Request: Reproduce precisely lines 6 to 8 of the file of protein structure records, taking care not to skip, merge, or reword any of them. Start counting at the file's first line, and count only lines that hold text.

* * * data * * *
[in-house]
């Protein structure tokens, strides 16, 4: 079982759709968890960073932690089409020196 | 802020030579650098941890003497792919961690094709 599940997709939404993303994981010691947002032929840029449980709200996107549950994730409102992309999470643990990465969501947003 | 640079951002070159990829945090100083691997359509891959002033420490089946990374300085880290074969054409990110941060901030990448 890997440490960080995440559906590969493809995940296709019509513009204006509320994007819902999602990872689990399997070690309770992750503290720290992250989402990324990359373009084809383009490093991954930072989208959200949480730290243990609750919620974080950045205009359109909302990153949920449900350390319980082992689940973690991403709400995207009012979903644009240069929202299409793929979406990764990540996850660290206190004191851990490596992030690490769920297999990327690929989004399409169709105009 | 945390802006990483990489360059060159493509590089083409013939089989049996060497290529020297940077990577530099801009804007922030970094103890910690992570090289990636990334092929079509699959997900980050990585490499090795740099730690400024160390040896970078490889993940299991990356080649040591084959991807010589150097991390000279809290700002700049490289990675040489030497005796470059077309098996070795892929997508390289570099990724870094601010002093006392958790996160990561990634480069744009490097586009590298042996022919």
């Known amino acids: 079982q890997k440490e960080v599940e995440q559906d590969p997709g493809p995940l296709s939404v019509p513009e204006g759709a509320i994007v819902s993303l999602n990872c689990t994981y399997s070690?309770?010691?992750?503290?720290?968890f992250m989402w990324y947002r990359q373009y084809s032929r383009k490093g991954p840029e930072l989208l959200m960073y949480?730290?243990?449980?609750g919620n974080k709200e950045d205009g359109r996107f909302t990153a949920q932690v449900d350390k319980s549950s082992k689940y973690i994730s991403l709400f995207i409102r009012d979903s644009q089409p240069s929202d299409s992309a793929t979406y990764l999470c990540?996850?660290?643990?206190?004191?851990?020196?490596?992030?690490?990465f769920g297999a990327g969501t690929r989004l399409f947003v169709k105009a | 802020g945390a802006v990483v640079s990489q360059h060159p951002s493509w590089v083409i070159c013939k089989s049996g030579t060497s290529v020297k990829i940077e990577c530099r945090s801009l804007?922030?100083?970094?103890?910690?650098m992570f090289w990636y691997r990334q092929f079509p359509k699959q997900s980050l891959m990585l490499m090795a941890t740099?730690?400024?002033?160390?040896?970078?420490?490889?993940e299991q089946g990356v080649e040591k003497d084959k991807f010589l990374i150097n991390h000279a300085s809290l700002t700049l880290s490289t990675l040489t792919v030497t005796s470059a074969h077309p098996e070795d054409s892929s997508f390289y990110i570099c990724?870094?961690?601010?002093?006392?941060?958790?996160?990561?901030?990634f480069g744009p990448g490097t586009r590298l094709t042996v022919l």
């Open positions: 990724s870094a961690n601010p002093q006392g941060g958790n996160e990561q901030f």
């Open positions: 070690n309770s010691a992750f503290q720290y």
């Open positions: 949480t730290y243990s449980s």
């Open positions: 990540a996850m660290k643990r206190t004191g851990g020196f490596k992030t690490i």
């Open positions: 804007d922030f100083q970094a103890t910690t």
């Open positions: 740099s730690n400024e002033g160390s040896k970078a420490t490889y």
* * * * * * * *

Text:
């Open positions: 949480t730290y243990s449980s």
């Open positions: 990540a996850m660290k643990r206190t004191g851990g020196f490596k992030t690490i």
């Open positions: 804007d922030f100083q970094a103890t910690t």